# Stochastic Local Search Methods for Highly Constrained Combinatorial Optimisation Problems

### Chiarandini, Marco (2005)Stochastic Local Search Methods for Highly Constrained Combinatorial Optimisation Problems. Technische Universität DarmstadtPh.D. Thesis, Primary publication

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Item Type: Ph.D. Thesis
Type of entry: Primary publication
Title: Stochastic Local Search Methods for Highly Constrained Combinatorial Optimisation Problems
Language: English
Referees: Bibel, Prof. Dr. Wolfgang ; Stützle, PD Dr. hab Thomas
Advisors: Stützle, PD Dr. hab Thomas
Date: 19 August 2005
Date of oral examination: 8 July 2005
Abstract:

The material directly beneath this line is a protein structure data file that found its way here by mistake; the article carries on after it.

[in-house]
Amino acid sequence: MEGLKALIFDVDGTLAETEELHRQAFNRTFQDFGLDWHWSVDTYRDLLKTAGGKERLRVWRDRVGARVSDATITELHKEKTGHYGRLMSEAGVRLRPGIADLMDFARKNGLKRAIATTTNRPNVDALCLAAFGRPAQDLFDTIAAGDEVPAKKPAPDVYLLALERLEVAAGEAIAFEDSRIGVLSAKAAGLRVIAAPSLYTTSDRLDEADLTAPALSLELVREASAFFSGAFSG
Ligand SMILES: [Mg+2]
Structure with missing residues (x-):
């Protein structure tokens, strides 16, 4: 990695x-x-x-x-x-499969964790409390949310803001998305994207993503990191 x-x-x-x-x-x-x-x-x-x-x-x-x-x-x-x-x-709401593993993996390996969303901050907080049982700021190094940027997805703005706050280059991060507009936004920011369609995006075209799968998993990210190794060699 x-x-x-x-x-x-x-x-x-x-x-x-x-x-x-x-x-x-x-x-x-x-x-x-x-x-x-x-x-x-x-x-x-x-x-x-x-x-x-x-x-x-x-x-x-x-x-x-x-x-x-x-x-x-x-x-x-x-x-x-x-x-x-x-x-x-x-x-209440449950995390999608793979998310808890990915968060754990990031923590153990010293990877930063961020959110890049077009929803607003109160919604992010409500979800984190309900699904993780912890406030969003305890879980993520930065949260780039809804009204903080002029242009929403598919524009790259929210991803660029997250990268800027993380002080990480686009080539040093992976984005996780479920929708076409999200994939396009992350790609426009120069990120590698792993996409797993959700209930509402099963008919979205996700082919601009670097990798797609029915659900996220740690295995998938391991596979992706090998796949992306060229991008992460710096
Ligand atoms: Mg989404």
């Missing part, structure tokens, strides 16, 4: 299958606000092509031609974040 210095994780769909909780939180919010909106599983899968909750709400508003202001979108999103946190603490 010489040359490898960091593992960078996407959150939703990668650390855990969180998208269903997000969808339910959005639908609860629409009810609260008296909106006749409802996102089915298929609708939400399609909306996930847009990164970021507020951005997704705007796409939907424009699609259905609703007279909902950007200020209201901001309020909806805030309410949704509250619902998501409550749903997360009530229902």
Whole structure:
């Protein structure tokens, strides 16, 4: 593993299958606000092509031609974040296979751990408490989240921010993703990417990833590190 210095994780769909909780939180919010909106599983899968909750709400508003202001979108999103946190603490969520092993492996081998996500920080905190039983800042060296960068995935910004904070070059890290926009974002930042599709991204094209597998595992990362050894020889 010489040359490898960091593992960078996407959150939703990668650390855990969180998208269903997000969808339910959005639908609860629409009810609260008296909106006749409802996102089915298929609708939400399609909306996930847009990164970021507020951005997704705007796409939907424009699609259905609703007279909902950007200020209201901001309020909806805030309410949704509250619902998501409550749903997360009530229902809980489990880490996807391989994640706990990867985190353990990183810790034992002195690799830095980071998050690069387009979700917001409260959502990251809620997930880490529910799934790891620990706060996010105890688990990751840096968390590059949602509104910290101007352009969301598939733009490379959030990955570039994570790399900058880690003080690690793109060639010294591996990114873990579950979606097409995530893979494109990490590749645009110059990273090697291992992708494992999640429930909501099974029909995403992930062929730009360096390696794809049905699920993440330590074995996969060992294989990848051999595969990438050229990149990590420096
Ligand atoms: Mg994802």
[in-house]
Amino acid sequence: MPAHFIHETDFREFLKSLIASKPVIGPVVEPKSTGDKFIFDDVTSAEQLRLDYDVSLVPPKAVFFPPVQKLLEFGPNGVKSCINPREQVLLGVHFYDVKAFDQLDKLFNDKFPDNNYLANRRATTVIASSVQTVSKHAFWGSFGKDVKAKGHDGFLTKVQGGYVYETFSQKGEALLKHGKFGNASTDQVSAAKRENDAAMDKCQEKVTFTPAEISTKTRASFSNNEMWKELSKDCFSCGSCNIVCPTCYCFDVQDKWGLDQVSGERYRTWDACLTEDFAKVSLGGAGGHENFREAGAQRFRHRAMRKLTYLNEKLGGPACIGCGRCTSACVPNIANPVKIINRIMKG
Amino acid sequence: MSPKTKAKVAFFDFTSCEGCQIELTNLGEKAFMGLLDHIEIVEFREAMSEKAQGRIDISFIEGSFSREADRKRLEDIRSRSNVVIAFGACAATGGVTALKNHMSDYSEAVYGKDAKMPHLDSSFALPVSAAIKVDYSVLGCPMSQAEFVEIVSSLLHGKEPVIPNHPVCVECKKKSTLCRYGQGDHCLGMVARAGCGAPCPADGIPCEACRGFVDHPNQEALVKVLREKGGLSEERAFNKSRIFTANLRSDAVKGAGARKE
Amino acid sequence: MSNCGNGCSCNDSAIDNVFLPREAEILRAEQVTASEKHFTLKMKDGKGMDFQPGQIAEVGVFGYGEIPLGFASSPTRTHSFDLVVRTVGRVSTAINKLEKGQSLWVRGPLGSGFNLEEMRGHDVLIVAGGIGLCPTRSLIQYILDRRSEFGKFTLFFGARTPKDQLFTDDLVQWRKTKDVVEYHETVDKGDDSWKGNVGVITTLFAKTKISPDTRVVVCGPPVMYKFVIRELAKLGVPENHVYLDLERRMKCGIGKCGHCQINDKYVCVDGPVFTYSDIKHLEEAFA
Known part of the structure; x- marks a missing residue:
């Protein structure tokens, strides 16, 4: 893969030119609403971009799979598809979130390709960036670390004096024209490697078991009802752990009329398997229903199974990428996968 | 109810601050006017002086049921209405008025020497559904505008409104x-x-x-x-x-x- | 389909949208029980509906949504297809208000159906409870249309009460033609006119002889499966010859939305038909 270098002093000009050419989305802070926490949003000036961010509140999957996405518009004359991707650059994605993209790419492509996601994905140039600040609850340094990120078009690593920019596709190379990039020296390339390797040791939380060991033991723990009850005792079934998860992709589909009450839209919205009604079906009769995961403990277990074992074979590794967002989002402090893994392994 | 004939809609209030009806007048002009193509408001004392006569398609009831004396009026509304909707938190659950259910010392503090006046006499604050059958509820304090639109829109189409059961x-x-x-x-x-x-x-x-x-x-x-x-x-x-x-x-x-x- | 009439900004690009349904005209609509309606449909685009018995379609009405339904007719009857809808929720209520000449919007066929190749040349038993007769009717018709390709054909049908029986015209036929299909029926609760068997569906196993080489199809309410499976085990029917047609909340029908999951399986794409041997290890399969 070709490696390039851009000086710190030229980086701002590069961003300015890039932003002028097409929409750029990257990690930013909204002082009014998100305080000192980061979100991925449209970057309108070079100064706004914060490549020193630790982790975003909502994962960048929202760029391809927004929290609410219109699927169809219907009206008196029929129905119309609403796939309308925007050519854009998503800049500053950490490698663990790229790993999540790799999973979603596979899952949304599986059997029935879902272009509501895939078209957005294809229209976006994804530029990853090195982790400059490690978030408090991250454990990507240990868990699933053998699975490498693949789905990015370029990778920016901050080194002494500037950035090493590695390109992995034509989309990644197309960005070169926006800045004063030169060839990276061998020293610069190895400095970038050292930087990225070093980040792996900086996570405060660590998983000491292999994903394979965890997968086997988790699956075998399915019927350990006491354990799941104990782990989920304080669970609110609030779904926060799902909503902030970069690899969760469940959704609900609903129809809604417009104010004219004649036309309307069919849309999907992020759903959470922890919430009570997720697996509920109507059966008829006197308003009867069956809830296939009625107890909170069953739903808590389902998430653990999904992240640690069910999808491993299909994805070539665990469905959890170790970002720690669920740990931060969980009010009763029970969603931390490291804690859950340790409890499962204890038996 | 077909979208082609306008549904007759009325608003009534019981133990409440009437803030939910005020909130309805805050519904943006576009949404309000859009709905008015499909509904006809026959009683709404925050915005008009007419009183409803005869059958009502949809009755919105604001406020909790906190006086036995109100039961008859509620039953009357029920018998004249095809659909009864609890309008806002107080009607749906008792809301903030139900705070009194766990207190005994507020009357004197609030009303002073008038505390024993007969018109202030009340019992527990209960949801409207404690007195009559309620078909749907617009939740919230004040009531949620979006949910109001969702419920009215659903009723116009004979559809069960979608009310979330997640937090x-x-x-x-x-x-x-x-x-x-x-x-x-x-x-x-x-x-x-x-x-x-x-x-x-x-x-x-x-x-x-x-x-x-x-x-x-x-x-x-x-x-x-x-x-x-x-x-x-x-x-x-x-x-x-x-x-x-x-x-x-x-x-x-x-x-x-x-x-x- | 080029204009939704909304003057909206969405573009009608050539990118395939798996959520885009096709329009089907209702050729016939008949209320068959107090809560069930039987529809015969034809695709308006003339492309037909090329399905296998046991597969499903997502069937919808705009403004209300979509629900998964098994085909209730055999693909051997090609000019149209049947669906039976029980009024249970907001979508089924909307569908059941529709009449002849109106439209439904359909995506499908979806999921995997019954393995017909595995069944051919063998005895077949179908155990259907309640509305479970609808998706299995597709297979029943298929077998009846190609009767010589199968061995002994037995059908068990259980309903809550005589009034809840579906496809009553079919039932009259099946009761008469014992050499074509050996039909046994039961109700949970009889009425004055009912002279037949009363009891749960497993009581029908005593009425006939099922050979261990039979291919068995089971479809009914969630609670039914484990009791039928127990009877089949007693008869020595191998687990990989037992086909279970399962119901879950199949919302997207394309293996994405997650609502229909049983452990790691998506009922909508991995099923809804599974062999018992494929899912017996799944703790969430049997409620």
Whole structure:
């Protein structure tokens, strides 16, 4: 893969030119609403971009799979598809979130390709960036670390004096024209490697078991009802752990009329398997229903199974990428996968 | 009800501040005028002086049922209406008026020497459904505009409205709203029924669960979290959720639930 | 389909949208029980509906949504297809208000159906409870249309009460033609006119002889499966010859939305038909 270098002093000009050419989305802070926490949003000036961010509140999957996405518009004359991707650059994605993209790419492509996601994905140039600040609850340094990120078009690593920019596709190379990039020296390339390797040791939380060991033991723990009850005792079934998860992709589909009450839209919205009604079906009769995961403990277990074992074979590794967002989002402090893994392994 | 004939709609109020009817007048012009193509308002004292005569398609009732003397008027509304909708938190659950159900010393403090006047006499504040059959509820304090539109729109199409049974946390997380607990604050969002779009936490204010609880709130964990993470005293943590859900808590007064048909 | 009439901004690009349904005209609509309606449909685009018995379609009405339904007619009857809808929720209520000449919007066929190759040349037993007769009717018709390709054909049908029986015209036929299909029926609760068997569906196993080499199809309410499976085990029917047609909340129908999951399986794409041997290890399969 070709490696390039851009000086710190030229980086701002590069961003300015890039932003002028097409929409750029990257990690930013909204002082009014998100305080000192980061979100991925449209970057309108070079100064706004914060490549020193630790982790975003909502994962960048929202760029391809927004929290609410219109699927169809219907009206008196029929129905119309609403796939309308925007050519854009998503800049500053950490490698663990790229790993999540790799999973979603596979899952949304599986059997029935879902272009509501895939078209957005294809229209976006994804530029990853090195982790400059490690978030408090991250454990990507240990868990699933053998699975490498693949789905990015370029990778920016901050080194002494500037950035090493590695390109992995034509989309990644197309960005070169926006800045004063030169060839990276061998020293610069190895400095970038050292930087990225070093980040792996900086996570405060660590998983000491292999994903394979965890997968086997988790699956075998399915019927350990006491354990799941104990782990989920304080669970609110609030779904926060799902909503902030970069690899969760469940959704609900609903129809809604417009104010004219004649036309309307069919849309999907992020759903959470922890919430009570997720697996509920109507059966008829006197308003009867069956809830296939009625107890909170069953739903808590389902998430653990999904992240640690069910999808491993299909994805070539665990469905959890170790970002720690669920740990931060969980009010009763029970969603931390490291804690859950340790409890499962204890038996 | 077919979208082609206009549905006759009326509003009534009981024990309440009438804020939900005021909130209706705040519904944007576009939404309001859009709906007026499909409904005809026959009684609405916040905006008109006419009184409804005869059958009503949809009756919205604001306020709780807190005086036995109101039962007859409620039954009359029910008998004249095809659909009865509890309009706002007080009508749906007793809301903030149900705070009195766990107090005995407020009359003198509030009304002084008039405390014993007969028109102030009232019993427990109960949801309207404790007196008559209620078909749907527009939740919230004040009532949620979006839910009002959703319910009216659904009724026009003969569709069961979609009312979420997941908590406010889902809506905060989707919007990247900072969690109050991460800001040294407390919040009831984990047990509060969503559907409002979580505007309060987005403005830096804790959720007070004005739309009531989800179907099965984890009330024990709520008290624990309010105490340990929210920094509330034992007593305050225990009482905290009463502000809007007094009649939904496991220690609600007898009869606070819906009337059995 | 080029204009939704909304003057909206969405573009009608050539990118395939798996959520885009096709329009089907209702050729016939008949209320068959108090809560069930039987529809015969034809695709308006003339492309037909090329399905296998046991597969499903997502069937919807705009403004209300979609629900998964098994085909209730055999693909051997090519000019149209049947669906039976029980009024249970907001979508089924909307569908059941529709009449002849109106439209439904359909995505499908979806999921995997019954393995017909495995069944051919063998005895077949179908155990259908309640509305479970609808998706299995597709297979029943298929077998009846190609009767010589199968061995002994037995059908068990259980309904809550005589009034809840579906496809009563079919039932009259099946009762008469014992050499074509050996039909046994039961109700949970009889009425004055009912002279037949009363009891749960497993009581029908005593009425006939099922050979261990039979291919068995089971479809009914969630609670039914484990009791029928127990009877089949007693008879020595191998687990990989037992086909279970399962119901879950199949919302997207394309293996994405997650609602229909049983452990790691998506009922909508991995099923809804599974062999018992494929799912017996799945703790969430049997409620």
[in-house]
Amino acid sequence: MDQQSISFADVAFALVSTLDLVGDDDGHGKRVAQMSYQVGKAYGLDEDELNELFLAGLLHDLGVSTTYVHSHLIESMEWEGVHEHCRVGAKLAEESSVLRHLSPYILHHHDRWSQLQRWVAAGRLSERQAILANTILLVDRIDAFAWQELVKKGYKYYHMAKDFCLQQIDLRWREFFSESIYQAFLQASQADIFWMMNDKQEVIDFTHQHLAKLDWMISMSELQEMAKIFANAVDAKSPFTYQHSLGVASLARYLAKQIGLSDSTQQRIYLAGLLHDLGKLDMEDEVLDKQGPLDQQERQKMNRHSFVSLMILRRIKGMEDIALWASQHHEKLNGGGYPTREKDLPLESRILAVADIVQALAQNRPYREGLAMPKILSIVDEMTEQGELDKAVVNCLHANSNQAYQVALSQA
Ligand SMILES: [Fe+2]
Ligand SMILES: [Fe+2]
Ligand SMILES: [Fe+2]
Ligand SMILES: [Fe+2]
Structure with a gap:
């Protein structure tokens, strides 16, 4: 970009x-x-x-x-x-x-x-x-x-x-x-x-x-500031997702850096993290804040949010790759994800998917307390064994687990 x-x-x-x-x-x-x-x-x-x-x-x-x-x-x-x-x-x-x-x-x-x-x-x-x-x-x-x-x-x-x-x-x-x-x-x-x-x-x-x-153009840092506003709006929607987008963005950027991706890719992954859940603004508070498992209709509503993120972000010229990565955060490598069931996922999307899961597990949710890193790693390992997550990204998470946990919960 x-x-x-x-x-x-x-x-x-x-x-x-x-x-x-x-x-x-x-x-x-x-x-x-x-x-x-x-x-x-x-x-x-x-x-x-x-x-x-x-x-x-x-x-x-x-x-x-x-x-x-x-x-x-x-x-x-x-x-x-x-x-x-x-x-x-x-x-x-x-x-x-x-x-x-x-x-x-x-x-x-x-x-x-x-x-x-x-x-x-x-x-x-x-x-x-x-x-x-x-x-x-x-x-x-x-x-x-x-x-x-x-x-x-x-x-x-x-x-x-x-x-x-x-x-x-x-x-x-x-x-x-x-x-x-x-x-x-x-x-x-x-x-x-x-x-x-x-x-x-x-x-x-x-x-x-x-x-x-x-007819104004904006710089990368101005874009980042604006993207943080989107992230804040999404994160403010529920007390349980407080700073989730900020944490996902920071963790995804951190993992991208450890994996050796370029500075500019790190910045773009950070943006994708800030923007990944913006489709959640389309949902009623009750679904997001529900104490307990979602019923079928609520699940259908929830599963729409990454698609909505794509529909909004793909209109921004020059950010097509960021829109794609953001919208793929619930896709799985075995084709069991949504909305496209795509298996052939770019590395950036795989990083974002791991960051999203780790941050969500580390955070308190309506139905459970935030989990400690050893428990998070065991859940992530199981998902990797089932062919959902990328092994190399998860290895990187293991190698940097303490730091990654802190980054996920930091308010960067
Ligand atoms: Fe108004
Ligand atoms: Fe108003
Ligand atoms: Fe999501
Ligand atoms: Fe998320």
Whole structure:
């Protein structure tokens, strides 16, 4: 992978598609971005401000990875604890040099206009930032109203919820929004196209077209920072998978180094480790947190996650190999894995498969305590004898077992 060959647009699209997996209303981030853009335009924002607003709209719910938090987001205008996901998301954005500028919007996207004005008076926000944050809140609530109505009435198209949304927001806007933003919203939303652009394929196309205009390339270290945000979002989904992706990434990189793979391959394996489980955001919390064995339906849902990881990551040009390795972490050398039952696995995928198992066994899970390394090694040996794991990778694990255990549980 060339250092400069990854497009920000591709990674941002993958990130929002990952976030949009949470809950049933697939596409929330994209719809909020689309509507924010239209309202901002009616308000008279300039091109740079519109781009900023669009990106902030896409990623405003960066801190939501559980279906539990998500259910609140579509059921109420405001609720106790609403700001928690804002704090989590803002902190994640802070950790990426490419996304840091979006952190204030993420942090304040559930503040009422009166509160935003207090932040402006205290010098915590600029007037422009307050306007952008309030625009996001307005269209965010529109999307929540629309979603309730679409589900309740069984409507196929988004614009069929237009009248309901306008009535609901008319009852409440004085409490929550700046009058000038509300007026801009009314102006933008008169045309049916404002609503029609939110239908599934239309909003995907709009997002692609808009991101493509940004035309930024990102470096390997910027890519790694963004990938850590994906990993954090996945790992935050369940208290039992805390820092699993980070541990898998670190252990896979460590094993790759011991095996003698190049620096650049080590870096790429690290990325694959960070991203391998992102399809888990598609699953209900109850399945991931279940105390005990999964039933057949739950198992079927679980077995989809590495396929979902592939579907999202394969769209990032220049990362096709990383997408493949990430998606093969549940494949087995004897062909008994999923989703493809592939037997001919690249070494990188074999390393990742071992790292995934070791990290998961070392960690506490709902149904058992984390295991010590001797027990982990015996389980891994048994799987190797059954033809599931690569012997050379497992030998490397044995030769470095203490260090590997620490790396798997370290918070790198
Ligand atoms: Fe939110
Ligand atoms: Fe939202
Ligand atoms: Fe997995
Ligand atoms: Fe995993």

Graph colouring is a combinatorial optimisation problem consisting in colouring the vertices of a graph such that no vertices connected by an edge receive the same colour. The minimal number of colours for which such a colouring exists is an intrinsic property of the graph and is called chromatic number. Many real life situations, such as the frequency assignment in mobile networks or the scheduling of courses at a university, can be modelled in this way. Colouring planar graphs, such as maps can be easy, and four colours suffice, but real life systems are much more complex. When modelled by graph colouring, they entail general graphs of large size and include more sophisticated constraints than those representable by simple unweighted edges. Stochastic Local Search (SLS) methods are approximate techniques for efficiently solving these complex combinatorial optimisation problems. They typically consist of construction algorithms, iterative improvement algorithms, and meta-components, better known as metaheuristics. The first two are strongly problem dependent and require the exploitation of problem-specific knowledge, while the last are more general concepts to guide the first two components. The instantiation of SLS algorithms arises from the combination of concrete algorithmic components. This task is complex due to the many possible combinations and the need of determining a certain number of parameters. Empirical tests become then necessary to take the correct decisions. The starting point of this work is the definition of the statistical methods that are appropriate for the analysis of SLS algorithms. We argue that the assumptions for the application of parametric tests are often violated and opt for two alternative methods: permutation and rank-based tests. Our work contributes to the development of permutation tests and to their introduction in the analysis of SLS algorithms. In addition, we transfer a graphical representation of results through simultaneous confidence intervals from the parametric to the non-parametric cases. This representation has the advantage of conveying in one single graph both descriptive and inferential statistics. The developed statistical methods serve for the analysis of SLS algorithms on the graph colouring problem and one of its many possible generalisations, the set T-colouring problem. Several SLS algorithms have been proposed in the literature for the graph colouring problem but no ``unbiased'' comparison has been attempted. A similar situation holds for the set T-colouring problem. In both cases, we design new algorithms, re-implement the most prominent methods, and finally compare them in a rigorous experimental analysis. As the final step, we study SLS algorithms for solving a university course timetabling problem. The design of algorithm components stems from the knowledge gained on the graph colouring problems but the assemblage and configuration of these components is carried out with a systematic methodology. The focus in this context was on the selection of one single algorithm to submit to an algorithm competition. The methodology is presented as an engineering process characterised by the interaction of SLS components design and empirical tests. We deem that this methodological approach is appropriate for the application of SLS methods to complex real life problems. The main results are the following: on the graph colouring problem, the simple Tabu Search with one-exchange neighbourhood remains a very competitive approach and the use of a very large scale neighbourhood is not profitable; on the set T-colouring problem, the best overall algorithm is an Adaptive Iterated Greedy also based on Tabu Search with one-exchange neighbourhood which, under certain circumstances, can be further improved by a restricted exact reassignment of colours; the use of an engineering methodology based on sequential testing is particularly suitable for the application of SLS methods, as it led us to devise the algorithm whose solutions for course timetabling ranked the best out of 24 feasible submissions at the International Timetabling Competition held in 2003.